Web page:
The exact reason to use container is so that individual deployment doesn't get that random problem you're trying to bring up. If container deployments have problems, you take it to the upstream because it will likely to be affecting many.


> The main piece of advice I have is … don’t do it. Don’t take on a complex, “enterprisey” cloud install unless you have to. It’s extremely expensive for what you get. Compare to a simple monolithic Digital Ocean droplet running our standard Docker image, which can get you a very long way even at the $40 and $80 per month price points.

I really wonder where the line goes between a decent VPS (properly provisioned and configured to handle traffic) and AWS?


There isn't really a line because "a decent VPS" is exactly what EC2 is. You use it if you

* are averse to the kind of risk that comes with being tied to a smaller provider, and/or

* are not averse to the kind of risk that comes with being tied to a provider who cares not one whit for your well-being because your business is insignificant to them, and/or

* actually have a use for, and staff with the expertise to take advantage of, any of the million proprietary bells and whistles that AWS provides, and

* are not averse to absolutely abysmal UX.

Discourse falls mostly into category 3 above; as Sam enumerates they are taking advantage of a bunch of various AWS offerings and have split off several of their supporting services onto their own instances. Those things can be built up gradually; you don't just wake up one day and decide to become "Enterprise" and watch all your costs increase by two orders of magnitude.


There is a line because AWS, including EC2, is more complex and unique than a VPS.


Honestly, forum hosting requirements are pretty minimal in general. Indeed, for many scripts, you can get away with a cheap shared hosting account until you have about 50-100,000 points and 10,000 members or so. In many smaller communities cases, they'll never outgrow it.

And for something like Discourse, well a cheap Digital Ocean VPS or something would work quite well for most people and sites. Most aren't active enough to put any real pressure on a hosting account.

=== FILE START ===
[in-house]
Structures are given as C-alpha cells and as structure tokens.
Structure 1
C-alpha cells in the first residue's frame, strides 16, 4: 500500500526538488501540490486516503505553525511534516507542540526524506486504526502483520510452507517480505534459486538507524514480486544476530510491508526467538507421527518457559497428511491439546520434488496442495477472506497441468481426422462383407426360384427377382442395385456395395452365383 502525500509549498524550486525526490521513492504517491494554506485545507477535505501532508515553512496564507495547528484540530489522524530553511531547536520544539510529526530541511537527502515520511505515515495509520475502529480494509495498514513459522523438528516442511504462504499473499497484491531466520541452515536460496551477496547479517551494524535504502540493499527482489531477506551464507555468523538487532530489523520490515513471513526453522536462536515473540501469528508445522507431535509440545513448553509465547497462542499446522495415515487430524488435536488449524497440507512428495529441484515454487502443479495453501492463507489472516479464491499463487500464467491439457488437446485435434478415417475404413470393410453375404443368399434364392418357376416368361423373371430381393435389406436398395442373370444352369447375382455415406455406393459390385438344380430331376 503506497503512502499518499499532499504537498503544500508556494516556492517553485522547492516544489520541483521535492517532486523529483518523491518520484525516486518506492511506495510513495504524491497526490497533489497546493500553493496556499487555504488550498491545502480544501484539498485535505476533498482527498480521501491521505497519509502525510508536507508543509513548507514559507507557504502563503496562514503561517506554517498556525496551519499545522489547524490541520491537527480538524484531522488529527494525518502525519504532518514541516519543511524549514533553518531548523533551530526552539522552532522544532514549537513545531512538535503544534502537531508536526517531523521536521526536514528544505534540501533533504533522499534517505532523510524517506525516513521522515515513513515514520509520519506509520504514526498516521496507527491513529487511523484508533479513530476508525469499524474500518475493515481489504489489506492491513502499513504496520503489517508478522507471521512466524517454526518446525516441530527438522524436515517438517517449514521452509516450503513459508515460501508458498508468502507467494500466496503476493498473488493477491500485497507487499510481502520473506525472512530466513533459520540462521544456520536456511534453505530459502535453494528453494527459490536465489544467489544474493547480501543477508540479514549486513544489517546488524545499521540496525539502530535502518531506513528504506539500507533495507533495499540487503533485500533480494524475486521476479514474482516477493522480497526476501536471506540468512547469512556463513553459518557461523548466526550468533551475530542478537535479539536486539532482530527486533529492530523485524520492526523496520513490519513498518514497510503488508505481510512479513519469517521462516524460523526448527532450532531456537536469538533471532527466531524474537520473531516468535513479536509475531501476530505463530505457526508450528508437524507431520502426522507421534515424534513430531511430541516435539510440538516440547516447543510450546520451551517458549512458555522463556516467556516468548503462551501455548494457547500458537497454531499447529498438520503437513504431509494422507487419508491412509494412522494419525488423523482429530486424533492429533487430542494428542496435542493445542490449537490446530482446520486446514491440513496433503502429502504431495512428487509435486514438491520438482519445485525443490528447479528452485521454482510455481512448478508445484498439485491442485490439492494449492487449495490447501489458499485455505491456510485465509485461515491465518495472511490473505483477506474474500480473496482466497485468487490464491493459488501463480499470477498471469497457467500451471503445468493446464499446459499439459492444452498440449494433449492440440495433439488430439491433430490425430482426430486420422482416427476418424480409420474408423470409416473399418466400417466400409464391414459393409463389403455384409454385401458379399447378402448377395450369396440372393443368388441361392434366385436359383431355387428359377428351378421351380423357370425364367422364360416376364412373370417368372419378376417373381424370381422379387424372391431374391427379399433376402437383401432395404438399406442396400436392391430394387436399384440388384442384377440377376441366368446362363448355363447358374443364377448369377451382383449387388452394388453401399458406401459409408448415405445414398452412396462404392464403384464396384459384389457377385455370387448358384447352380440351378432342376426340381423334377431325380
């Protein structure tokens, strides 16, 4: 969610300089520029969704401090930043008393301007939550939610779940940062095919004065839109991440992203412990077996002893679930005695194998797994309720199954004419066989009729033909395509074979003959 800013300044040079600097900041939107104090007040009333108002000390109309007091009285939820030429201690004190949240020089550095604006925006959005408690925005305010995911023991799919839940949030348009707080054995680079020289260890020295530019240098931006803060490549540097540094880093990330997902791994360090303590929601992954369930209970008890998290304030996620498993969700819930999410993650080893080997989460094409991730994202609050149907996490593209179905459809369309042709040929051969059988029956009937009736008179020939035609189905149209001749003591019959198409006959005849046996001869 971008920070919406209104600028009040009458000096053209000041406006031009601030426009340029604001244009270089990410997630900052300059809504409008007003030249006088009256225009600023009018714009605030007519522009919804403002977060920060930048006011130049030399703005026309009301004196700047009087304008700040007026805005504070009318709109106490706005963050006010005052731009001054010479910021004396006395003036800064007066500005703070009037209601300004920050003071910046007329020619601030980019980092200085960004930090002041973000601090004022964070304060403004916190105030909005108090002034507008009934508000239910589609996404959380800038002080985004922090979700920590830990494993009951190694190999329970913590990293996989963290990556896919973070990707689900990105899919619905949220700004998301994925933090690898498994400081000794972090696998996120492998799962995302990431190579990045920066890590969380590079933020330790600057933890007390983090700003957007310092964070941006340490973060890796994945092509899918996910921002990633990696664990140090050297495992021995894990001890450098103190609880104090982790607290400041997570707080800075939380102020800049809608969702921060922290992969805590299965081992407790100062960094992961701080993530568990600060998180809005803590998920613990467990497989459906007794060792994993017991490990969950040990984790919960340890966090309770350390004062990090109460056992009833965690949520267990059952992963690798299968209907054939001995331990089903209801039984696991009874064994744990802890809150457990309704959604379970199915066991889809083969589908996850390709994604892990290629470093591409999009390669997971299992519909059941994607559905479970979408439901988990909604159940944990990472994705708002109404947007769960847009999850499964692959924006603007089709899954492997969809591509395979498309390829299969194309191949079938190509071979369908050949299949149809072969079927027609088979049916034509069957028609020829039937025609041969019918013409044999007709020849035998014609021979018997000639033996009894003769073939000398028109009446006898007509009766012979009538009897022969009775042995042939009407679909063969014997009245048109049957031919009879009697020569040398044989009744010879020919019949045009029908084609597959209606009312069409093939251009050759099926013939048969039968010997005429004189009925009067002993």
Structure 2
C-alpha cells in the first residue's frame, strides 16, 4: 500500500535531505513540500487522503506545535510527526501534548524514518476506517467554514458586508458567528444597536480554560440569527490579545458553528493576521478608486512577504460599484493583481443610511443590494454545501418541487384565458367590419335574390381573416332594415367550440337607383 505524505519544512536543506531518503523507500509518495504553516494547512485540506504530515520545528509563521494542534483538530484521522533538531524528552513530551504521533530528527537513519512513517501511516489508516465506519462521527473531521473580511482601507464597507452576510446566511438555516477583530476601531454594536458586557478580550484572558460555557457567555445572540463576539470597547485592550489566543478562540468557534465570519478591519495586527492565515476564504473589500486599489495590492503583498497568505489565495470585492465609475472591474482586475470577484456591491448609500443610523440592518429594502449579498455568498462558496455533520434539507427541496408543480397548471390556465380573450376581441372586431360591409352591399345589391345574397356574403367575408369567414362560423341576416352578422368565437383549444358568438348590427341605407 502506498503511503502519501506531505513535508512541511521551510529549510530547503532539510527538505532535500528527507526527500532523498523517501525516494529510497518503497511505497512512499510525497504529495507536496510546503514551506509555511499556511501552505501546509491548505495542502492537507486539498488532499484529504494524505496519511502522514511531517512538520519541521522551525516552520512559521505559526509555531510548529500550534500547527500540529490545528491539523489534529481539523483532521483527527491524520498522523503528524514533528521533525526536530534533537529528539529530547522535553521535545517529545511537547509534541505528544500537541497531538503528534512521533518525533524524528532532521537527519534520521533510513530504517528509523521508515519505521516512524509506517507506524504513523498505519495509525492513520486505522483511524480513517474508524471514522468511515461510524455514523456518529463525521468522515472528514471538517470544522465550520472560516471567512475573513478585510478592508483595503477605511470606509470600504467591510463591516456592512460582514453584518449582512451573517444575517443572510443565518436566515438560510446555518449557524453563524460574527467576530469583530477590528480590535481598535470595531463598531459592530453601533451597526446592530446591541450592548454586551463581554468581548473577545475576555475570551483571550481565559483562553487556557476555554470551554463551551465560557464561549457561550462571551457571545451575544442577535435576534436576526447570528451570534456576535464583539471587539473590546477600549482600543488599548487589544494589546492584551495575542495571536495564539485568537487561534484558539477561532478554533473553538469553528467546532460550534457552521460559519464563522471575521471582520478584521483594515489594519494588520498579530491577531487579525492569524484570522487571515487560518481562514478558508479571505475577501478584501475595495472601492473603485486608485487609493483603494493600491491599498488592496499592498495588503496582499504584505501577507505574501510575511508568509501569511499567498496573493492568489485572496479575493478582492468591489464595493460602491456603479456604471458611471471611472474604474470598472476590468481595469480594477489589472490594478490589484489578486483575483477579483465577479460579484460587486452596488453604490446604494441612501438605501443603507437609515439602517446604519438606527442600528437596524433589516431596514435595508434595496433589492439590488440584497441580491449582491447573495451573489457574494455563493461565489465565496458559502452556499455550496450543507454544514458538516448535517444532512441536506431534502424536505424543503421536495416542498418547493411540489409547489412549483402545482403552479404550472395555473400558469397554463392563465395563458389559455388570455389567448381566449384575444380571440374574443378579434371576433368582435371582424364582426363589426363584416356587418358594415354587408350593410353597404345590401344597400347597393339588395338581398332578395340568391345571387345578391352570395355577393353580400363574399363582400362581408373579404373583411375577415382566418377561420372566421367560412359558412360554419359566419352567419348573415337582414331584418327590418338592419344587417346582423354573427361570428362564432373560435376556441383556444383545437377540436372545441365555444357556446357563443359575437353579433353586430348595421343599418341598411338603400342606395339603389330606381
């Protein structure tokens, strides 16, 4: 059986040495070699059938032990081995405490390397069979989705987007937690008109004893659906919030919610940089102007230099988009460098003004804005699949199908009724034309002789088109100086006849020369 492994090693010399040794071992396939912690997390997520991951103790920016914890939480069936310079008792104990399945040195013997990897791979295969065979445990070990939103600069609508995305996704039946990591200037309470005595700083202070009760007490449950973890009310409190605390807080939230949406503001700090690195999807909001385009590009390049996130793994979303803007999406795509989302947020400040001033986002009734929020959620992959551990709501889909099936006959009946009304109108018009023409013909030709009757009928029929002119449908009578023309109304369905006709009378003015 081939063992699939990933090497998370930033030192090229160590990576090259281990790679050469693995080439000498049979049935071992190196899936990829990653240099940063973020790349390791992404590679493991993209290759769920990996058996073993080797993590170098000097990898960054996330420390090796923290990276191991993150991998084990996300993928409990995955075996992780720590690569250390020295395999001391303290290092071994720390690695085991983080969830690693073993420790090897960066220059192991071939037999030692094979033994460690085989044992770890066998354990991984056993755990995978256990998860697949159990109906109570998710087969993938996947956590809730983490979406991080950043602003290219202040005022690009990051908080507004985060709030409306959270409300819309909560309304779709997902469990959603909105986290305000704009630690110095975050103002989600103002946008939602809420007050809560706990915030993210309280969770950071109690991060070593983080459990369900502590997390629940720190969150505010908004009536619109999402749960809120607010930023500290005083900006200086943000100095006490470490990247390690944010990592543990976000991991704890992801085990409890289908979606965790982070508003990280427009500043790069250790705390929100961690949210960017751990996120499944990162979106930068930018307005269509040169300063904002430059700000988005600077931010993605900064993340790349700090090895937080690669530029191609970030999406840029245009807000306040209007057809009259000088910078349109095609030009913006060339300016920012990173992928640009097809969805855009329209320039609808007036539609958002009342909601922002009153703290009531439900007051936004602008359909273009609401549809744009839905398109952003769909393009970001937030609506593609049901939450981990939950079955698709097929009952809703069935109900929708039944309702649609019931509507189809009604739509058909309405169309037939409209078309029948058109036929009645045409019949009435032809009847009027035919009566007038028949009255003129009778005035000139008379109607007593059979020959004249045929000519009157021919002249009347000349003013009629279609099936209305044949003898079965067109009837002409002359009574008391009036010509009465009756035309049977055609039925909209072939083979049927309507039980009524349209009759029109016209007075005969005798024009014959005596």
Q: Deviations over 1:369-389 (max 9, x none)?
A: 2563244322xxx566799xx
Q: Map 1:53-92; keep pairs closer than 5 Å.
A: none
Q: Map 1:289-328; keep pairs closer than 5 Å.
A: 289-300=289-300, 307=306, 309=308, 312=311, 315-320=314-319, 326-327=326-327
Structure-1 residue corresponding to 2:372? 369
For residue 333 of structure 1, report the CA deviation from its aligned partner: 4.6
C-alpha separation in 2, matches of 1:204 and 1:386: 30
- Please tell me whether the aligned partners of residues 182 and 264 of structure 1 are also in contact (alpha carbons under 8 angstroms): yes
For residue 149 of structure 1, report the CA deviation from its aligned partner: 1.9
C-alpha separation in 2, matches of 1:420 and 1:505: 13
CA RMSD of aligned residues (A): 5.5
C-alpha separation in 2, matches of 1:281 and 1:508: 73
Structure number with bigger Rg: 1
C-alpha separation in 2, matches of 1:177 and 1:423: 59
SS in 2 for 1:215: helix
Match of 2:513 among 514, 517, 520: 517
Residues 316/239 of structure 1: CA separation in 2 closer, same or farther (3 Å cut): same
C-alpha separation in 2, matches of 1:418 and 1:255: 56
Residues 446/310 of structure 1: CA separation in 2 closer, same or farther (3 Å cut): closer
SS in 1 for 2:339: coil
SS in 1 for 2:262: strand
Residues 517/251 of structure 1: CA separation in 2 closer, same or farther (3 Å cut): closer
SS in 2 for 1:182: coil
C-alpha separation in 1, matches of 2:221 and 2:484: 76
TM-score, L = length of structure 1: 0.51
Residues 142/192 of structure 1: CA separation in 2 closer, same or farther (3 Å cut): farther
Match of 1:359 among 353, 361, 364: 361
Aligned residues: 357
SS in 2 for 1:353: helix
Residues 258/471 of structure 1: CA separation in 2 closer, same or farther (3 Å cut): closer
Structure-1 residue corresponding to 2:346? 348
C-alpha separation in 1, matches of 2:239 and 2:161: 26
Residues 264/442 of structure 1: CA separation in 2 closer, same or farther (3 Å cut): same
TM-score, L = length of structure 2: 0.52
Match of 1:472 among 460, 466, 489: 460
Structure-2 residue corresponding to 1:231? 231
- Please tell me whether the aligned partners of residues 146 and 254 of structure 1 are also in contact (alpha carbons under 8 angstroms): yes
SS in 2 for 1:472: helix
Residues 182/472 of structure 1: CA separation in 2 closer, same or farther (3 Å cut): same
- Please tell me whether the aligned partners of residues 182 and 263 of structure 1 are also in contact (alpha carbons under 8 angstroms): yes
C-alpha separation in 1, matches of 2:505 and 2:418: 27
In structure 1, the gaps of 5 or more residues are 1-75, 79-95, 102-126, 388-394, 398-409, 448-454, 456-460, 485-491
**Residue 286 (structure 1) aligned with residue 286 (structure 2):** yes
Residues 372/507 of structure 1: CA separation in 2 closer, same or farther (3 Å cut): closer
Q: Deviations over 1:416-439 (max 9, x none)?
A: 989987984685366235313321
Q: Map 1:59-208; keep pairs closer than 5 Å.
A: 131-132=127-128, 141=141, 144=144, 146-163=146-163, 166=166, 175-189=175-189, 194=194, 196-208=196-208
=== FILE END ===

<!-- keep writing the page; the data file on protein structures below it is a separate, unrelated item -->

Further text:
Conclusion in the comments from JefF: "The main piece of advice I have is … don’t do it. Don’t take on a complex, “enterprisey” cloud install unless you have to. It’s extremely expensive for what you get. Compare to a simple monolithic Digital Ocean droplet running our standard Docker image, which can get you a very long way even at the $40 and $80 per month price points."


ohv has 3€ a month vps that will be largely enough for small communities, and probably average ones.


Also check out netcup, great VMs on rock solid hardware at incredible prices (better value than OVH)


I’ve been running some on my side projects just using a docker containers on digital ocean and t1.micros and apparently that was the most cost-effective way to run it ?


(Site requires various third-party JS to display anything)


I think Sam's comment is important:

>Note it is important to have full perspective on costs here...

All too often I see the "AWS is too expensive" circlejerk devolve into a flat cost argument.

It is absolutely more expensive in that regard.

That being said, I see very few comparisons that take in to account all of the engineering effort saved by some of the AWS feature set.

There are non-trivial things that simply aren't a problem anymore on AWS, and time can be spent on actually interesting/difficult problems.


Right but then there are other non-trivial things that you have to spend on that you wouldn't on non-AWS.

And really there are very few hints that are non-trivial and not a problem on non-AWS either.

In the end, AWS is still more expensive time and money wise, it's just a question of whether it's worth it and what you want to spend your time on. (For me, spending it on the AWSy things is not interesting)